Fire and light: tracing the cinematic desire

Dan Owen

Man has long looked towards light, towards the glowing sun which is the giver of life, for many things – not least for artistic fulfilment. The primordial desire for the moving image which enchants so many of us in theatre houses around the world today is one which can be traced back through our history. Our cave-dwelling ancestors sought entertainment in a distinct form of proto-cinema that involved creating wonderful paintings on their cave walls which, by the light of a flickering fire within the cave, are animated into life. In his awe-inspiring 3D documentary Cave of Forgotten Dreams, illustrious director Werner Herzog traces “the beginnings of the modern human soul” [1] to the Chauvet cave in the south of France where sophisticated drawings of mammoths, horses and lions hunting caught the imagination of early man.

In these caves there is an uncanny sense of shared consciousness with beings that once seemed so distant to us, twenty thousand years distant to be exact. Light was shown to give life in these caves, providing impressions of reality which aimed to satisfy our cinematic desire. Whilst these cave paintings can hardly be called cinema, they do show a fascination with the moving image that caught human curiosity and was never let go.

Technological restrictions meant that proto-cinema remained just that. The cinematic desire, however, can continue to be traced in our history. The projection of an object reality, that is the outside world, has been focused on by great thinkers such as Aristotle in Ancient Greece and Mozi in Ancient China who both made references to the camera obscura in their writings. This rudimentary ‘camera’ was placed inside a darkened room (where the properties of light can be most practically honed) with a hole in one side which light passed through, creating an inverted image of the object world before the onlooker. As time and technology progressed, an array of inventions was created with the aim of satisfying our cinematic desire; including the zoetrope and daguerreotype to name just two.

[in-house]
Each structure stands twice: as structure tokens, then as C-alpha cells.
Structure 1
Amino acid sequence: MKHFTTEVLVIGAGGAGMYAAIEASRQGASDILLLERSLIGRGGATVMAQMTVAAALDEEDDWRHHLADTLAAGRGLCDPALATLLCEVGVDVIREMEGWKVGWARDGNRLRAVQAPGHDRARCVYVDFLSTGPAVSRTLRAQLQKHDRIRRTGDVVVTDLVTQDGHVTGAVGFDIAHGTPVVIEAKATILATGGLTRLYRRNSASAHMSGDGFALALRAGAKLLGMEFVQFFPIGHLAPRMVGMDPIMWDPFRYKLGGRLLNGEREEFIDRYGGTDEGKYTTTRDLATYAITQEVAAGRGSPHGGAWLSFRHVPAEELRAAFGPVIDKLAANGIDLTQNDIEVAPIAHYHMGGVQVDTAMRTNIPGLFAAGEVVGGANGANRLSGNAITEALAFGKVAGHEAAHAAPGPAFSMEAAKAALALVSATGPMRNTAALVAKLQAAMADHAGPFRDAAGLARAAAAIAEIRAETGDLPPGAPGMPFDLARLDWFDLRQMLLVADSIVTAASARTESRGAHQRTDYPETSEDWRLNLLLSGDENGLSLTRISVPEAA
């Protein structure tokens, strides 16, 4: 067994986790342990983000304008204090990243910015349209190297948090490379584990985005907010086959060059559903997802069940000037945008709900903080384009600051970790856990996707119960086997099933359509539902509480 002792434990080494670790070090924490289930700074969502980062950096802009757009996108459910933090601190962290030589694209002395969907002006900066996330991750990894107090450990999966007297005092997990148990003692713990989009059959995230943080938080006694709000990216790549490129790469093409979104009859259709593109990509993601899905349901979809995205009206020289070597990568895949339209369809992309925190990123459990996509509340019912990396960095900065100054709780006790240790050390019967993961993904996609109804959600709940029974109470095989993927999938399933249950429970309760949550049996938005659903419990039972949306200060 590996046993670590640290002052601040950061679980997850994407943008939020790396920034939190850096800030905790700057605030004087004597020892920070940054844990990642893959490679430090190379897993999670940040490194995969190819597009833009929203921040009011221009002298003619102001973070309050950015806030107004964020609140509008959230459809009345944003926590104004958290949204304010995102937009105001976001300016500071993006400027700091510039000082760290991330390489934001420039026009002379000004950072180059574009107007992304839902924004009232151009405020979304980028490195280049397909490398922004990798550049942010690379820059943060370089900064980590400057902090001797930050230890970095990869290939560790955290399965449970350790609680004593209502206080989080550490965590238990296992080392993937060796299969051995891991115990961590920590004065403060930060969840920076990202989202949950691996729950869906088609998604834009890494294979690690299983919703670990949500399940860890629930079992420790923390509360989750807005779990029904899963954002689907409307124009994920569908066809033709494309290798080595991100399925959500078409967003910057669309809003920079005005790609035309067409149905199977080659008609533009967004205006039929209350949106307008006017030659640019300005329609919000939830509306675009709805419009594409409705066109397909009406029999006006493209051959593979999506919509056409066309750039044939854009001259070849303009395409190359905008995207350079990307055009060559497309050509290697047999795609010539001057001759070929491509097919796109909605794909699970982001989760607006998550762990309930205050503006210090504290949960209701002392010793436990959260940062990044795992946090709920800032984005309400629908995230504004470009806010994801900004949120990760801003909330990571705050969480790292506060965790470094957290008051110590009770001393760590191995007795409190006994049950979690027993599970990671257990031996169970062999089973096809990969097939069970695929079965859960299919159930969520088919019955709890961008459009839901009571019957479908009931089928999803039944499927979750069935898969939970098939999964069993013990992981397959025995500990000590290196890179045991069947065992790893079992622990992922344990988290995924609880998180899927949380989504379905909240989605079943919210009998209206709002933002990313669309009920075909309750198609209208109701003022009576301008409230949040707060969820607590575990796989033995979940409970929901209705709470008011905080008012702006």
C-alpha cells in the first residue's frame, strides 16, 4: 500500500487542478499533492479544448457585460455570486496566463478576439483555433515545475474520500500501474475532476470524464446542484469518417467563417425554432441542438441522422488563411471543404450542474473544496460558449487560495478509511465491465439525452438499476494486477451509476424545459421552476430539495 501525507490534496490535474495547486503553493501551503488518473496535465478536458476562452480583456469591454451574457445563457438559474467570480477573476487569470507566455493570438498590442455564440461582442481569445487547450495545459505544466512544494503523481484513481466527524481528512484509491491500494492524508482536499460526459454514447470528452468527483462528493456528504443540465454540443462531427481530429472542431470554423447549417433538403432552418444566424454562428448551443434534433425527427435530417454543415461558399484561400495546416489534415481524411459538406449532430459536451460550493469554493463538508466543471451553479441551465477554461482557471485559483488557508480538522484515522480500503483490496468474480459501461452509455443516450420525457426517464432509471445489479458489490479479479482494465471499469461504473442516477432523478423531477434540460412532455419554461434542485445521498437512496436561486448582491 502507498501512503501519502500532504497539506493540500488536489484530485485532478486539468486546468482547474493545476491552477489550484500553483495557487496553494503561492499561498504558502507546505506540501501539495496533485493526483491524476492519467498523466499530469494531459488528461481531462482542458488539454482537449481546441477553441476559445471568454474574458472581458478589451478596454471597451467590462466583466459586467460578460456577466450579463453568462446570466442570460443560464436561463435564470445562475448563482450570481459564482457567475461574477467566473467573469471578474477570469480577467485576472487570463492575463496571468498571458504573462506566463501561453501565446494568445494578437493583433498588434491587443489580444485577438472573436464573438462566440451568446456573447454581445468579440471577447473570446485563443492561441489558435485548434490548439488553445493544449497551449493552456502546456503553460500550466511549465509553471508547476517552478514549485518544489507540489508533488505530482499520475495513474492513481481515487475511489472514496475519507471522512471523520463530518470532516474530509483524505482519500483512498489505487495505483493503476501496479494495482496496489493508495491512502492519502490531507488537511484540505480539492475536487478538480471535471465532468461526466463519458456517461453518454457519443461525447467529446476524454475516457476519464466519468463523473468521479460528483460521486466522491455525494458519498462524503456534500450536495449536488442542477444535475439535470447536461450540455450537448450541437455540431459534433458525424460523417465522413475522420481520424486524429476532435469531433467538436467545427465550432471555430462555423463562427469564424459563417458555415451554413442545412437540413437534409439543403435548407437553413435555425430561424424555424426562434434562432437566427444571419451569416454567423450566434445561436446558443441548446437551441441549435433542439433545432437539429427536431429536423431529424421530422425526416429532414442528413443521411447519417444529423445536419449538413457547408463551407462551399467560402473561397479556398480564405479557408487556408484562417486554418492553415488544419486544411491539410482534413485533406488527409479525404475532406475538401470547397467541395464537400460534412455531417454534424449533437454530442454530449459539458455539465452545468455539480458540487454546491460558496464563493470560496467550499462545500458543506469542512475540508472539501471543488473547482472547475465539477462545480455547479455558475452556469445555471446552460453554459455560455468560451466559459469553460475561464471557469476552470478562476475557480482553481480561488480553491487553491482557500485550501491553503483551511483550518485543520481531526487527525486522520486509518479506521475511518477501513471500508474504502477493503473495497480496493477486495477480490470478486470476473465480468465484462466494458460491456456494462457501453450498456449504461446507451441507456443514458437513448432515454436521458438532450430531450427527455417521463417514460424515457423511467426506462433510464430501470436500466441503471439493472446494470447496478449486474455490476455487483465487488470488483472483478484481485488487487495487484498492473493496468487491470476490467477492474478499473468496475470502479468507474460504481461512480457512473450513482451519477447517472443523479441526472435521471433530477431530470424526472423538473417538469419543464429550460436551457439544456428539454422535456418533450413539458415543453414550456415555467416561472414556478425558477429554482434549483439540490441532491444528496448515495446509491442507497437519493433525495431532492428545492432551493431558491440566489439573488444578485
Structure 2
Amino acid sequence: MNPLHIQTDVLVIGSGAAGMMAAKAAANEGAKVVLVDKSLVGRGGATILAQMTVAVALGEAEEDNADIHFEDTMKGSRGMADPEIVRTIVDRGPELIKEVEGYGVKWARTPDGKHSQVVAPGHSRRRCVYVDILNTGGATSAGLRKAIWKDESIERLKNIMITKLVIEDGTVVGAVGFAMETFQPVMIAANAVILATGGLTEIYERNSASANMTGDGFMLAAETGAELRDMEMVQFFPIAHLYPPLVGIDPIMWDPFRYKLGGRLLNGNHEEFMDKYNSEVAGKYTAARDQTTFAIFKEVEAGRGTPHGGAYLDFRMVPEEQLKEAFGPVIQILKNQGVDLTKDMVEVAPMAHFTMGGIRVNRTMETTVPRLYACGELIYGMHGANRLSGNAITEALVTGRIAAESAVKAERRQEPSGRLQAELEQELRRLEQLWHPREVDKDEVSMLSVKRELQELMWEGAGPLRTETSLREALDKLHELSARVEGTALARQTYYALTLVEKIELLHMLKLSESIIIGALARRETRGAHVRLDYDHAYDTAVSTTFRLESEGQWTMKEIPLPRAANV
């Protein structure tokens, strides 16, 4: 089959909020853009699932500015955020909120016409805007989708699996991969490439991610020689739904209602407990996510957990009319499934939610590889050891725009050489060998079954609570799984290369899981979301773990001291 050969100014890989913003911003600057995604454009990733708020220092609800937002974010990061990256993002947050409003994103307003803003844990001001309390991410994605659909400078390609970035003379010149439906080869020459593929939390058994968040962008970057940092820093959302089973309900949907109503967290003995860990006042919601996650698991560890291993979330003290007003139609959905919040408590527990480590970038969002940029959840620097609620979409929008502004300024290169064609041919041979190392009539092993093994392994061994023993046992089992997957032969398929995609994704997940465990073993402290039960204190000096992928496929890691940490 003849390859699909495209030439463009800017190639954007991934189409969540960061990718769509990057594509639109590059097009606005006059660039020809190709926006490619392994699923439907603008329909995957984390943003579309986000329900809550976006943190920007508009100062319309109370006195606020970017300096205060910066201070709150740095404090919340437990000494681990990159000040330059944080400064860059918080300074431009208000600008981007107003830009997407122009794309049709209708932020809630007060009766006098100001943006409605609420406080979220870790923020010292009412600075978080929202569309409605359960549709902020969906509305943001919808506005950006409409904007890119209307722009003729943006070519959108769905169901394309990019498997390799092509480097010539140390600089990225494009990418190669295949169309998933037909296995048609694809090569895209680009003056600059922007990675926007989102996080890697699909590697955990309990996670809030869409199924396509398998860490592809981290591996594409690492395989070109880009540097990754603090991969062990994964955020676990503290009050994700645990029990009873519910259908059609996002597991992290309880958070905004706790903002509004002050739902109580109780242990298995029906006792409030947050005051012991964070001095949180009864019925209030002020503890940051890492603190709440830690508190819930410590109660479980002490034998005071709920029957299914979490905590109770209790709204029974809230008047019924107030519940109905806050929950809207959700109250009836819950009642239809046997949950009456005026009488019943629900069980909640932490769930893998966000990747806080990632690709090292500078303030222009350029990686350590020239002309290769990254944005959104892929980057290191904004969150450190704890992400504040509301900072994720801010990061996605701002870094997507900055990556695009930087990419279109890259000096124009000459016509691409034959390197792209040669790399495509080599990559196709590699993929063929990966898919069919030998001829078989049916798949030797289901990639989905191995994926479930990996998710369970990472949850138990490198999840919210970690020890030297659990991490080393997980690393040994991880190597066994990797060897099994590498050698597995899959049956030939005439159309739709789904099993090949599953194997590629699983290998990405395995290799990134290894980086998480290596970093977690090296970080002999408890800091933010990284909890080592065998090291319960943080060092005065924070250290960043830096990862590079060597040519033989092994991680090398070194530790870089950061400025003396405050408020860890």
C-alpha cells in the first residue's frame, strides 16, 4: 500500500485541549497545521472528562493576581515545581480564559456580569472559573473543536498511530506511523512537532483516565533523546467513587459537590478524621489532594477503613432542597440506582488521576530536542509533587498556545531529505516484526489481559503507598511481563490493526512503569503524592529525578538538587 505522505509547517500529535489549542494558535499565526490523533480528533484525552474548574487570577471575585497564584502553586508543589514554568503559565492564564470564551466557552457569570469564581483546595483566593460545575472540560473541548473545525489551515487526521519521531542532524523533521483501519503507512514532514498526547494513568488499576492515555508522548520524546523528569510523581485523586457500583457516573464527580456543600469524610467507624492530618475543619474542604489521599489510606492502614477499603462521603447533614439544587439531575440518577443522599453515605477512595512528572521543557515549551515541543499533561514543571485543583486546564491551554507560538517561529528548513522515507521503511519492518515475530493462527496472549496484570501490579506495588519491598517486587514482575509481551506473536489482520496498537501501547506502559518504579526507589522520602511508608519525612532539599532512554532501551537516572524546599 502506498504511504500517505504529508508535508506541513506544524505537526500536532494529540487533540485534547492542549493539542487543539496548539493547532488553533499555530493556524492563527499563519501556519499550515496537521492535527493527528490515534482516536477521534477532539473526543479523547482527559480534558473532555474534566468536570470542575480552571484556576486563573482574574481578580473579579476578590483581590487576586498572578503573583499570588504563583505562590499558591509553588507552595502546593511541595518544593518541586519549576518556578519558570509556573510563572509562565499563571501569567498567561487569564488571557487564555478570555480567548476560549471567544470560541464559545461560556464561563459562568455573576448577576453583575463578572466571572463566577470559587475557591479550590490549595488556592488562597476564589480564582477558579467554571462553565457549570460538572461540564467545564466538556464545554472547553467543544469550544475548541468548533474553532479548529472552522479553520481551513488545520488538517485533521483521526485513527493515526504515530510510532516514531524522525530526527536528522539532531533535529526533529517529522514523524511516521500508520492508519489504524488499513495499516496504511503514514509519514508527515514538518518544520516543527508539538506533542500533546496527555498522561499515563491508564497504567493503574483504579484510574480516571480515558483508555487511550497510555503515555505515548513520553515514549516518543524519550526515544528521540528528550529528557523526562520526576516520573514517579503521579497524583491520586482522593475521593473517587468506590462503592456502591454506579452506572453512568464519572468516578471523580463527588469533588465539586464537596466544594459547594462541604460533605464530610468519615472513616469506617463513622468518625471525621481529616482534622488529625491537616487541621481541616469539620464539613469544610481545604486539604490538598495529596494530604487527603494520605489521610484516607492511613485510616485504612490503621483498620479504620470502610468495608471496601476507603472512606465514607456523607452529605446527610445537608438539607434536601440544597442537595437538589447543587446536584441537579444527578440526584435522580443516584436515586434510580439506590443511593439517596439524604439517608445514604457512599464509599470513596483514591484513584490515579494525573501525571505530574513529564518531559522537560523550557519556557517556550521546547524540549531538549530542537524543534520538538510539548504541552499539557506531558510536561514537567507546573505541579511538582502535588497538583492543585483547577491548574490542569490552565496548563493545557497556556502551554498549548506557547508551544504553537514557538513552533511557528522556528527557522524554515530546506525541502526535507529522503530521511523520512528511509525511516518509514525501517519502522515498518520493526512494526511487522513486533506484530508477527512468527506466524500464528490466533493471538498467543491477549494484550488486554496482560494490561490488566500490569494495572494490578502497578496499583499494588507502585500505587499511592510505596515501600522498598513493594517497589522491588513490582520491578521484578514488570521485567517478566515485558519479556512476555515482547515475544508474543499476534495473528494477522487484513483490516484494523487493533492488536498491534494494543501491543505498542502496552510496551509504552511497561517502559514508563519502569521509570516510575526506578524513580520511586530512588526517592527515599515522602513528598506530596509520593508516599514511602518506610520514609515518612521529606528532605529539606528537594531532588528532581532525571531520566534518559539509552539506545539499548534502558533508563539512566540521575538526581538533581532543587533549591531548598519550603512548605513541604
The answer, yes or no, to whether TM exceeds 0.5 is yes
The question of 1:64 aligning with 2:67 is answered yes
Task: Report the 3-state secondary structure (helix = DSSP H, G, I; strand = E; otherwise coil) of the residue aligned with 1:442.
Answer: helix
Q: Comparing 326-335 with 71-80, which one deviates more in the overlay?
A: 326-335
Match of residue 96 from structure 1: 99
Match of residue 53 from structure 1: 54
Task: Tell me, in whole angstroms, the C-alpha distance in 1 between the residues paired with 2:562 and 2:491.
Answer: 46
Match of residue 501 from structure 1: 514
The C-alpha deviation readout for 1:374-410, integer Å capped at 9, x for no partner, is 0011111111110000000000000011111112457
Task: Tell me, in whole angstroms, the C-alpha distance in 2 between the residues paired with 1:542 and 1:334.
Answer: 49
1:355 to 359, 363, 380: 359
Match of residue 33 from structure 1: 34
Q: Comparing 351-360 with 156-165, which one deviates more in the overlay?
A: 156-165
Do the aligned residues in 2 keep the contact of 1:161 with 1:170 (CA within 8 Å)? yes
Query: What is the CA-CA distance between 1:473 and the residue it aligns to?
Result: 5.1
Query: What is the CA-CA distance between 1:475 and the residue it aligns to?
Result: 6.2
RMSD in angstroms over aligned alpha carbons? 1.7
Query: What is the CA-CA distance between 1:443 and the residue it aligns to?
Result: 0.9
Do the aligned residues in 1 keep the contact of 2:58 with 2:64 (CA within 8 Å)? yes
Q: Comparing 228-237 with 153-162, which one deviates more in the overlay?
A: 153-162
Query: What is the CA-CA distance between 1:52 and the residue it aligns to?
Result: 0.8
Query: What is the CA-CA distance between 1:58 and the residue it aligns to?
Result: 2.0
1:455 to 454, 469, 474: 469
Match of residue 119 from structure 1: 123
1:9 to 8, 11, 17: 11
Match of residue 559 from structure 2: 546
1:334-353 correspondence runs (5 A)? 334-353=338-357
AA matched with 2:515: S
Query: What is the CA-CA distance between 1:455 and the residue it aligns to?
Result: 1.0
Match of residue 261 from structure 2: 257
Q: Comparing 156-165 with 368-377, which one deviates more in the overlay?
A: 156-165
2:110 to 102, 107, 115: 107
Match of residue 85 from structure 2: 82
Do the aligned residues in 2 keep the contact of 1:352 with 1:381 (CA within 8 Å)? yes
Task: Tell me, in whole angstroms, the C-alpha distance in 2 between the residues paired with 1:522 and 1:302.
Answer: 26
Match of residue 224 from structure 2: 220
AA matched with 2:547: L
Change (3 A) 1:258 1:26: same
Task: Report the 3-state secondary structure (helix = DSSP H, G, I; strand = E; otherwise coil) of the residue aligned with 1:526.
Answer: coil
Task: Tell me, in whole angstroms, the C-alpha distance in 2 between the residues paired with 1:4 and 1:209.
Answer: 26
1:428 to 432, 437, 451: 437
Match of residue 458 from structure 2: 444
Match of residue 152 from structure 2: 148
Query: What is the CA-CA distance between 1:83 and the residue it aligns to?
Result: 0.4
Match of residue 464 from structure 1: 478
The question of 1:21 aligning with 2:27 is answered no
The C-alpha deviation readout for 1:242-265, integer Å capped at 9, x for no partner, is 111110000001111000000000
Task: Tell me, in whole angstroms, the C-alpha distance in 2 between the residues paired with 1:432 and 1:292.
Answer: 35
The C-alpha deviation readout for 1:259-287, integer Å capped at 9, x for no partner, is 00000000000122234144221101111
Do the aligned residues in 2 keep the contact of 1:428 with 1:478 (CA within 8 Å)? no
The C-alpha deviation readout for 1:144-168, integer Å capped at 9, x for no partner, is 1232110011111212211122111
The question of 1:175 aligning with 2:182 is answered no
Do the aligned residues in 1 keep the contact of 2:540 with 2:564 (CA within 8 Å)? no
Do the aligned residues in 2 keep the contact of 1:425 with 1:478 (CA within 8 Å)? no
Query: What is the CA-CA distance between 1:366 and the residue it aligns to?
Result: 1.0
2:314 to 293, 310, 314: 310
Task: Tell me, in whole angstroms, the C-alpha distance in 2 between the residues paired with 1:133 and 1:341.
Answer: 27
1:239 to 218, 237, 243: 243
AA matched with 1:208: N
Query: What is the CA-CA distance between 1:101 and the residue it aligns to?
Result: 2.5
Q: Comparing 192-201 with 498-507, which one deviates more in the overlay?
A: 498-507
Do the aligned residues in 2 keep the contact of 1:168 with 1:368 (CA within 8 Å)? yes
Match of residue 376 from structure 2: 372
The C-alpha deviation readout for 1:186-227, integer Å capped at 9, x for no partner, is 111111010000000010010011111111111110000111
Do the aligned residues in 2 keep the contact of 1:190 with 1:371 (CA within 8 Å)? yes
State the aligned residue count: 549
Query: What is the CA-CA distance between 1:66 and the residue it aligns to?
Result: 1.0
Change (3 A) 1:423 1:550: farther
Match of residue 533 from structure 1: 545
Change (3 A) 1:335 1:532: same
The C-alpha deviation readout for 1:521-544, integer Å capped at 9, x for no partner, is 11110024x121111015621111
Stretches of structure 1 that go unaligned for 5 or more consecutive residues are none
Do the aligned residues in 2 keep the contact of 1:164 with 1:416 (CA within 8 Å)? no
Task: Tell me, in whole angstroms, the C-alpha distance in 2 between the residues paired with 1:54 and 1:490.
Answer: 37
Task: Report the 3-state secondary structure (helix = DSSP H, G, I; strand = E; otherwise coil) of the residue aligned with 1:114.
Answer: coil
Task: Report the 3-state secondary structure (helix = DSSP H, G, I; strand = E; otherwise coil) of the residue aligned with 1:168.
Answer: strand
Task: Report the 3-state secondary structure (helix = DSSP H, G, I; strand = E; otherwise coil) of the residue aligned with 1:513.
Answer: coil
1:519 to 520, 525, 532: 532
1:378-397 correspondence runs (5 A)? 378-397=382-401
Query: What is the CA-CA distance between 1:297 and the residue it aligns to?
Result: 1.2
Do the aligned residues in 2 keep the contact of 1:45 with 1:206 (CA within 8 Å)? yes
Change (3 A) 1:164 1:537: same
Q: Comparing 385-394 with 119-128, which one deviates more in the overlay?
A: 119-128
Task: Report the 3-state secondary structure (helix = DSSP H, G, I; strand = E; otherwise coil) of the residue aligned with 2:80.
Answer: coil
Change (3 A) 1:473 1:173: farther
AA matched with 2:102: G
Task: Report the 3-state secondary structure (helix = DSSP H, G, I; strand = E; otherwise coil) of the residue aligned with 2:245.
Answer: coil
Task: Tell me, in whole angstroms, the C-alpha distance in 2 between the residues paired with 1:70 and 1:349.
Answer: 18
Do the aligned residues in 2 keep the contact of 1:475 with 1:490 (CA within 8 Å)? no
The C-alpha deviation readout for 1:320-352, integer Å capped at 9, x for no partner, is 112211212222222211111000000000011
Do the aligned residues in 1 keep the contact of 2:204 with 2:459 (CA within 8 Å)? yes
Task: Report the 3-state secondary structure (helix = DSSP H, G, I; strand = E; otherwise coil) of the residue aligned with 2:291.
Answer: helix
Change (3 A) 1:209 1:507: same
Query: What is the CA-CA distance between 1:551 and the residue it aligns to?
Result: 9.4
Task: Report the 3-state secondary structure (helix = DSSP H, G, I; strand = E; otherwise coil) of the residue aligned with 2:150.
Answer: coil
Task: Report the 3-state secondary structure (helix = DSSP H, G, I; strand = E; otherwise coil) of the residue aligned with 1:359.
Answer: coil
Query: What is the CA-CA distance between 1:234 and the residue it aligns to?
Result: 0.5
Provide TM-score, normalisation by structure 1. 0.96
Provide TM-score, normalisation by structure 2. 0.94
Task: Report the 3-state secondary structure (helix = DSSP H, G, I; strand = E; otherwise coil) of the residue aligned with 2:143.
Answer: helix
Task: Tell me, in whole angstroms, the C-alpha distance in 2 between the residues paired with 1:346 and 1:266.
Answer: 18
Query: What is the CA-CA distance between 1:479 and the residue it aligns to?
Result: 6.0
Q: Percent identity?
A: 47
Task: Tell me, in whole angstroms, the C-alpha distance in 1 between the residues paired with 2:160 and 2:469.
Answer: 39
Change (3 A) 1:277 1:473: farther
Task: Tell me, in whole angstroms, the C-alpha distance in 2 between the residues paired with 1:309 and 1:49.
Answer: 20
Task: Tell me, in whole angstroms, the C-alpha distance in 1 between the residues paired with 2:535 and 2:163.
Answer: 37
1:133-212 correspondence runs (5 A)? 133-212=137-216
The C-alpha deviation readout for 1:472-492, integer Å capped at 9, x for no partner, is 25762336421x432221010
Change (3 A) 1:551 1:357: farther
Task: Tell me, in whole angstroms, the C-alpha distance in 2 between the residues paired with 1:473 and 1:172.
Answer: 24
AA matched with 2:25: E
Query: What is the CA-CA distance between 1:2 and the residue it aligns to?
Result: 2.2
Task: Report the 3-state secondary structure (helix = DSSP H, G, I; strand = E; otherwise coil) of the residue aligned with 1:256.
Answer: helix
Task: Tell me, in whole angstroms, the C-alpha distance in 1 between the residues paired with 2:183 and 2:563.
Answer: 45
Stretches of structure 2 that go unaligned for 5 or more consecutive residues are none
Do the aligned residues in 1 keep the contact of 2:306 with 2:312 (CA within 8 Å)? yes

Keith Cohen in Film and Fiction: the Dynamics of Exchange asserts that cinematic desire could only truly be realised “when the two essentials of motion pictures where at hand: the pictures (i.e. the photographic principle) and the motion (i.e. the means of mechanically synthesizing the discrete part of any action).”[2] The gradual perfection of the photographic medium in the nineteenth century gave birth to a cinema which projected movement, albeit within a fixed spatial frame at first, of workers leaving a factory[3], or a train pulling into a station.[4] This documentary style of filmmaking became synonymous with the Lumière brothers (a suitable name deriving from the French word for ‘light’) and led to a wealth of important works rooted in reality, such as Herzog’s film cited here. It was magician Georges Méliès, however, that first understood the creative capacity of cinema. By use of camera tricks and elaborate sets Méliès created a cinema in which time and space were at the hands of the filmmaker. With this came the birth of modern cinema and an unprecedented acceleration in the technology of the medium (sound, colour, widescreen, 3D…) and the symbolic language of film which engrosses us all.

[1] Werner Herzog, The Cave of Forgotten Dreams (Creative Differences, 2011).

[2] Keith Cohen, Film and Fiction: the Dynamics of Exchange (Yale University Press, 1979).

[3] Lumière, La sortie des usines Lumière (1895).

[4] Lumière, L’arrivée d’un train en gare de La Ciotat (1896).


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